Sadly, many stones were destroyed throughout the centuries by residents of Avebury, which lies inside the henge. In an attack on pagan monuments, villagers began to topple and bury the ancient stones as early as the 14th century, and in the 18th century, many more were systematically broken up and destroyed. Archaeologist Alexander Keiller set some of this right by excavating and re-erecting stones in the 1930s, and founded an archaeological museum.

Today, more than a million people visit Stonehenge annually, and the summer solstice draws thousands.

How to celebrate summer solstice

Stonehenge and Avebury are open year-round, and timed tickets for Stonehenge can be booked in advance. A walkway surrounds the famed circle, but due to conservation concerns, the public is typically not allowed inside the ring. However, many compensations await. The landmark is surrounded by a vast expanse of fields, perfect walking country dotted with associated earthworks, burial grounds, and other monuments. At Avebury, it’s possible to walk a half-mile circuit along the ancient henge and wander among the stones at will.

But there is nothing typical about summer solstice at Stonehenge, one of the few occasions the inner circle is open to the public. Thousands of travelers of all stripes flock to the site for an annual festival. Read and follow English Heritage’s “Conditions of Entry” before you go to preserve and protect this delicate heritage.

How to get there

While limited parking is available, you can reduce your environmental impact by taking public transportation. Buses and trains offer regular service to Salisbury, which is located about 12 miles from Stonehenge. From there, take a taxi or hop on the Salisbury Reds bus (wheelchair accessible) to the Stonehenge Visitor Centre. Finally, a 1.5-mile (25-minute) walk leads to the circle. For those who are unable to walk, a free bus service operates between the disabled access parking lot and Stonehenge. Avebury is about 25 miles from Bath and 11 from Swindon—from which bus service is available. Trains also service Swindon and Pewesey (10 miles from Avebury).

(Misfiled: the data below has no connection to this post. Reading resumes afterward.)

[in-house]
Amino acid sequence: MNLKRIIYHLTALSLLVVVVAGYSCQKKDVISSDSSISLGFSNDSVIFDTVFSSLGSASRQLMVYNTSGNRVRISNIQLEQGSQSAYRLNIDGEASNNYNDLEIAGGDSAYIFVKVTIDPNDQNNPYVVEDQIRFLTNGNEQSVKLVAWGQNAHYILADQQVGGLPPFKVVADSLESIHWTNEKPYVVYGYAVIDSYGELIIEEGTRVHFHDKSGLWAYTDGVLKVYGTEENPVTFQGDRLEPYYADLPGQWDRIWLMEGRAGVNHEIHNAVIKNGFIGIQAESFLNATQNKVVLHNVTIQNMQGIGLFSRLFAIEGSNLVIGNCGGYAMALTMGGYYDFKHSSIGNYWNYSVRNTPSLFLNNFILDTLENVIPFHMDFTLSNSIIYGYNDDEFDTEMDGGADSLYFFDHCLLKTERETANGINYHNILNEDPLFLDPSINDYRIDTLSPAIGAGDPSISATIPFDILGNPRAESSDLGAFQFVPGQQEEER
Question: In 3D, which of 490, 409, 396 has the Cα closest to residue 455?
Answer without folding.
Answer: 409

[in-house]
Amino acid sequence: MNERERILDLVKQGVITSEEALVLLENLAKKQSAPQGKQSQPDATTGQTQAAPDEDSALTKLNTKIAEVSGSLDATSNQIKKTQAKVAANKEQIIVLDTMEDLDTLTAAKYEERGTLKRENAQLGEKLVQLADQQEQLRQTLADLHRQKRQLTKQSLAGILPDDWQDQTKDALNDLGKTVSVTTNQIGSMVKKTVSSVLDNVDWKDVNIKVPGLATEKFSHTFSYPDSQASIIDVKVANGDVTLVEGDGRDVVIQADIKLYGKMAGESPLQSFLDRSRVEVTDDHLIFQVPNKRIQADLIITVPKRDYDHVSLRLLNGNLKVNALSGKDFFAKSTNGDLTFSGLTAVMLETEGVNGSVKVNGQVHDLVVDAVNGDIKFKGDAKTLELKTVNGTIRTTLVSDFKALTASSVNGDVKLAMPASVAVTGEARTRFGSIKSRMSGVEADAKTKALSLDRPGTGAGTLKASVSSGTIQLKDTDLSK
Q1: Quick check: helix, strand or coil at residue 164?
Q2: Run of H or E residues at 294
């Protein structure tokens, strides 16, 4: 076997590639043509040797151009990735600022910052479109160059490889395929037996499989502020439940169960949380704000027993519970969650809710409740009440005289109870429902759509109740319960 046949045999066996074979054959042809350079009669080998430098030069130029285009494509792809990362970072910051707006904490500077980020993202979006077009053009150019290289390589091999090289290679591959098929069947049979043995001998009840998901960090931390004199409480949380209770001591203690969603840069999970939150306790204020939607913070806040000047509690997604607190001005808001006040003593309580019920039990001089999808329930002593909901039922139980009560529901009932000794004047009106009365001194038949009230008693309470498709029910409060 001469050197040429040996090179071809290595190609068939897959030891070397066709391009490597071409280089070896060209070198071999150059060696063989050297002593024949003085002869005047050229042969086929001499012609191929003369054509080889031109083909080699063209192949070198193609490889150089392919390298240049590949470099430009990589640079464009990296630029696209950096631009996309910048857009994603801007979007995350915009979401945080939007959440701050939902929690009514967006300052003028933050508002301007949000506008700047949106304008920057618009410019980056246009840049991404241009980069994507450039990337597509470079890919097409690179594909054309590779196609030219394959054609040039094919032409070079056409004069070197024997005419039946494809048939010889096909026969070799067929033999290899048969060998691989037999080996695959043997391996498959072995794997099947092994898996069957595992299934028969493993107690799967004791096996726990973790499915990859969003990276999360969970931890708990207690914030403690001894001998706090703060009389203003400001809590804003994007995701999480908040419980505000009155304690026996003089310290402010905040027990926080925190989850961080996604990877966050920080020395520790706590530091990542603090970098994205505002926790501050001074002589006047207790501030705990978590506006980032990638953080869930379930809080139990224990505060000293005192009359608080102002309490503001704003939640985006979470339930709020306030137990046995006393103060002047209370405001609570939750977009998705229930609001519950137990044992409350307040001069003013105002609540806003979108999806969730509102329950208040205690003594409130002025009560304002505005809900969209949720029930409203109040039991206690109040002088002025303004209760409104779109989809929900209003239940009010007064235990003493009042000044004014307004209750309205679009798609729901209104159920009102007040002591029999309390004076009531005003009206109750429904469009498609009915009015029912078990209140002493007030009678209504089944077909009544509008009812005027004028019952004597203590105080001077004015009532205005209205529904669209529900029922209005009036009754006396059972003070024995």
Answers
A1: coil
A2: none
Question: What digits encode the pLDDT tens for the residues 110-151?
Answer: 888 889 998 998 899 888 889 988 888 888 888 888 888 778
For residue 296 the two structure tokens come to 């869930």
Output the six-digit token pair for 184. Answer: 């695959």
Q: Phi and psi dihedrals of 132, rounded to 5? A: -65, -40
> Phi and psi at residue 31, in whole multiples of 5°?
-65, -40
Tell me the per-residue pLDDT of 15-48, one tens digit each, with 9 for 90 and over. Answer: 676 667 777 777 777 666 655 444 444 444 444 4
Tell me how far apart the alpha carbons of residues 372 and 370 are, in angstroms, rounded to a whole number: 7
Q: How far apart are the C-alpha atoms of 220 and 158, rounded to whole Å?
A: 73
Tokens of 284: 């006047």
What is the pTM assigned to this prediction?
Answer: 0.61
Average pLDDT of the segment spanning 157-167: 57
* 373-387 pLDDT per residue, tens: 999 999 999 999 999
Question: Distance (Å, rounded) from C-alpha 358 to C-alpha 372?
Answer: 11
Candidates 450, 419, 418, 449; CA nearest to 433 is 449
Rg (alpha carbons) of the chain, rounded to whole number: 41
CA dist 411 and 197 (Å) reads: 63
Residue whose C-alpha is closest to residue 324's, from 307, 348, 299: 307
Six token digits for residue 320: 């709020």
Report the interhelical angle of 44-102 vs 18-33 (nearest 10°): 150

Where to stay

A variety of hotels and guesthouses are available in Wiltshire, and several campsites are located within 10 miles of Stonehenge. Since this is a popular event, make sure you book in advance.

Book your next trip with Peace of Mind
Search Trips
This story was published in November 2010 and updated in June 2019.

Read This Next

Black homeownership thrives in this NYC neighborhood
COVID-19 is now the deadliest pandemic in U.S. history
Influx of Haitian migrants overwhelms Texas border authorities

Go Further

Subscriber Exclusive Content

Why are people so dang obsessed with Mars?

How viruses shape our world

The era of greyhound racing in the U.S. is coming to an end

See how people have imagined life on Mars through history

See how NASA’s new Mars rover will explore the red planet

Why are people so dang obsessed with Mars?

How viruses shape our world

The era of greyhound racing in the U.S. is coming to an end

See how people have imagined life on Mars through history

See how NASA’s new Mars rover will explore the red planet

Why are people so dang obsessed with Mars?

How viruses shape our world

The era of greyhound racing in the U.S. is coming to an end

See how people have imagined life on Mars through history

See how NASA’s new Mars rover will explore the red planet